In January 2016, the FDA announced its plans to take a more aggressive approach to informing the public on medical device safety risks, specifically the speed in which information is prepared to be released.

Current Medical Device Risk Warning Methods

Presently, the FDA creates benefit-risk documents for all medical devices after clearance that are distributed to anyone who may come in contact with the device, including consumers, patients and medical professionals. When these devices spend time on the market, often times new information is discovered which can significantly change these benefit-risk documents. While the FDA certainly investigates these emerging post market medical device signals, their new approach looks to more quickly communicate important changes.

New Medical Device Risk Warning Methods

The FDA's new communication format looks to have staff members reviewing important medical device updates within 30 days of receiving them. Once they have determined whether or not there is cause for concern, the FDA will provide updates so the public can stay well-informed instead of relying on potentially inaccurate benefit-risk documents.

The FDA emphasizes that these updates will include inconclusive, emerging signals, to ensure consumers know about potential risks ahead of time, hopefully enabling patients and medical professionals to choose alternatives until the FDA has time to fully investigate.

Why the FDA is Changing Their Strategy

The FDA wants to make sure that those affected by medical devices are the first to know when new information is discovered or being analyzed. As stated in the FDA's public notice:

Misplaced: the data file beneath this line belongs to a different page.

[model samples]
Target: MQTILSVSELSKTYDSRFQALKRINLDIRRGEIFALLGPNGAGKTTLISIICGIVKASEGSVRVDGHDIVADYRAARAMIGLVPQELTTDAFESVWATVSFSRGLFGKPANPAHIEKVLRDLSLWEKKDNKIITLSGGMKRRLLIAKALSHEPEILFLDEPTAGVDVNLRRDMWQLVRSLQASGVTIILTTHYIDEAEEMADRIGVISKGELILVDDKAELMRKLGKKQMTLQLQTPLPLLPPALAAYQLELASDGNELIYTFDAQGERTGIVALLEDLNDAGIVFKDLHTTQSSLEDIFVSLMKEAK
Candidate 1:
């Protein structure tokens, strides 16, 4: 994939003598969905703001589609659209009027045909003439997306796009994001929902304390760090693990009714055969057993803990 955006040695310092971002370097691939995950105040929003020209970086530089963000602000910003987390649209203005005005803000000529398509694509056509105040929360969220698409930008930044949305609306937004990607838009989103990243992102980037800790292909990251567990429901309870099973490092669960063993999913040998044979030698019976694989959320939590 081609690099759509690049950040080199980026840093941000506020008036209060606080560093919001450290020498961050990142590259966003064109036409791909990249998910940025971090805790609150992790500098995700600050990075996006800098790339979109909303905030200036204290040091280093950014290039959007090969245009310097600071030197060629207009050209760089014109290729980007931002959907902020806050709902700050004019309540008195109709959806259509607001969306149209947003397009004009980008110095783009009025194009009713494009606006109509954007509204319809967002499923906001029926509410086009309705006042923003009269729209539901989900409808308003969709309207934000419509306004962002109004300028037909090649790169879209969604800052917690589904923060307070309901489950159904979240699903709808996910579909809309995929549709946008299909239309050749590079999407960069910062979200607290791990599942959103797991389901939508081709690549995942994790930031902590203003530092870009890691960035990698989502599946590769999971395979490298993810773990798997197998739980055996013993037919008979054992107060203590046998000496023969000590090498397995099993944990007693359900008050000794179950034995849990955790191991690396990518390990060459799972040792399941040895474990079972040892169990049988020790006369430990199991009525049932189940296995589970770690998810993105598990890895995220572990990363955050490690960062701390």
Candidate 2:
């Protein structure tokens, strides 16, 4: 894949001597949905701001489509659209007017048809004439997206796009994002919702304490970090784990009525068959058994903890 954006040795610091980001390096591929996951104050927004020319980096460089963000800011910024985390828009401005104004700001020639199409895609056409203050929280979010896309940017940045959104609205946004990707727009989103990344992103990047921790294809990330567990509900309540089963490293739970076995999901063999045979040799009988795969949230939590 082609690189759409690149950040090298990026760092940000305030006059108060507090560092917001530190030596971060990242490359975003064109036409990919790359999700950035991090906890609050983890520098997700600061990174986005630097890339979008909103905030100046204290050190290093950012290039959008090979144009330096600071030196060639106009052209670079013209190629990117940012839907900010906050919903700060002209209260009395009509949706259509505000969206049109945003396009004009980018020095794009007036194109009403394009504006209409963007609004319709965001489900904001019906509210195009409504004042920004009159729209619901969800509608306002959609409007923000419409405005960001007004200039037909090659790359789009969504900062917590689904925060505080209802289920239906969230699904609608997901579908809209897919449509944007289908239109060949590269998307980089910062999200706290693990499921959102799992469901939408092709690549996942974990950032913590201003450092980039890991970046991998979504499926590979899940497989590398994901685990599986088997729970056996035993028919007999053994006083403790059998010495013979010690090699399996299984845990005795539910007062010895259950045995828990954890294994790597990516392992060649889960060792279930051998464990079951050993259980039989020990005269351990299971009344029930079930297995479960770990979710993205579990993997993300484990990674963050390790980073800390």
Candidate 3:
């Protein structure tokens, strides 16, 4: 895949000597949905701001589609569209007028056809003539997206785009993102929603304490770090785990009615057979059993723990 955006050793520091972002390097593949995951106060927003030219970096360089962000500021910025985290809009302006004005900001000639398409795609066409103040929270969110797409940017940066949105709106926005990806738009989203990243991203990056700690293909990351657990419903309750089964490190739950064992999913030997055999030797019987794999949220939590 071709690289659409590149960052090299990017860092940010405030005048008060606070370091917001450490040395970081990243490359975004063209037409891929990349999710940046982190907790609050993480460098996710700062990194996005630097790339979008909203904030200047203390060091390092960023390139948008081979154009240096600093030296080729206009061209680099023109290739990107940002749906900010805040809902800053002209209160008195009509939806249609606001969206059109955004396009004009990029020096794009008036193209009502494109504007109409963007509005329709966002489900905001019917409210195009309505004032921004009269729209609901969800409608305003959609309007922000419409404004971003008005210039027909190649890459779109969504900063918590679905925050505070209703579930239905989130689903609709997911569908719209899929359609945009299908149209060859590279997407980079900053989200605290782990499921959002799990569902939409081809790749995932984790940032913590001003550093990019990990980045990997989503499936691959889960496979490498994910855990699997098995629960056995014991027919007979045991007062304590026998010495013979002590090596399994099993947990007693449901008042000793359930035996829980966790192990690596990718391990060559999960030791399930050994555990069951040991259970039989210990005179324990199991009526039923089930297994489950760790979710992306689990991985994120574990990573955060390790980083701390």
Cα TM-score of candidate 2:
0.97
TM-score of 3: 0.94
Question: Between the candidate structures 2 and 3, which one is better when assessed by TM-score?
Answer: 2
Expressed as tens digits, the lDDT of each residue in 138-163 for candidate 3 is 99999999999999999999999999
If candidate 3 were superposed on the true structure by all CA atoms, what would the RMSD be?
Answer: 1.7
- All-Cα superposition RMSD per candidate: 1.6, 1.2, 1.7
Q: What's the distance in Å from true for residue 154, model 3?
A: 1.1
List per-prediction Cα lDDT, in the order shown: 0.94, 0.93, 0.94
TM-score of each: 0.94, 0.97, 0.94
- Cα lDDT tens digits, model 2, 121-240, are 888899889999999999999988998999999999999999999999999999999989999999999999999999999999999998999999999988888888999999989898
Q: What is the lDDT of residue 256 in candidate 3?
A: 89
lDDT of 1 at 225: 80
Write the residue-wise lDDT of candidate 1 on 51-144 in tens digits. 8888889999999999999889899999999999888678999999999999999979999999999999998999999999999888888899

"We believe there is a need to notify the public about emerging signals that the Agency is monitoring or analyzing, even when the information has not been fully analyzed, validated, or confirmed, and for which the Agency does not yet have specific recommendations."

Because information about medical devices can change rapidly after market exposure, it was determined that keeping consumers informed, even on unofficial information, is beneficial in case potential issues become real issues.

What This Means for Consumers

As a consumer, you're going to have access to more emerging medical device information. It's important that you recognize that these “signals” may not be conclusive or entirely accurate, but rather preliminary information about unproven risks being investigated. The FDA offers a Medical Devices Database that allows users to access a large quantity of important information regarding different types of medical device risks. Be sure to discuss with your doctor any information you discover, or any actions your doctor suggests based on this information.

If you're concerned that you've been a victim of personal injury involving a medical device risk, we're here to help. Call Lipkin & Apter at our Chicago office at (312) 624-9342 or contact a personal injury attorney.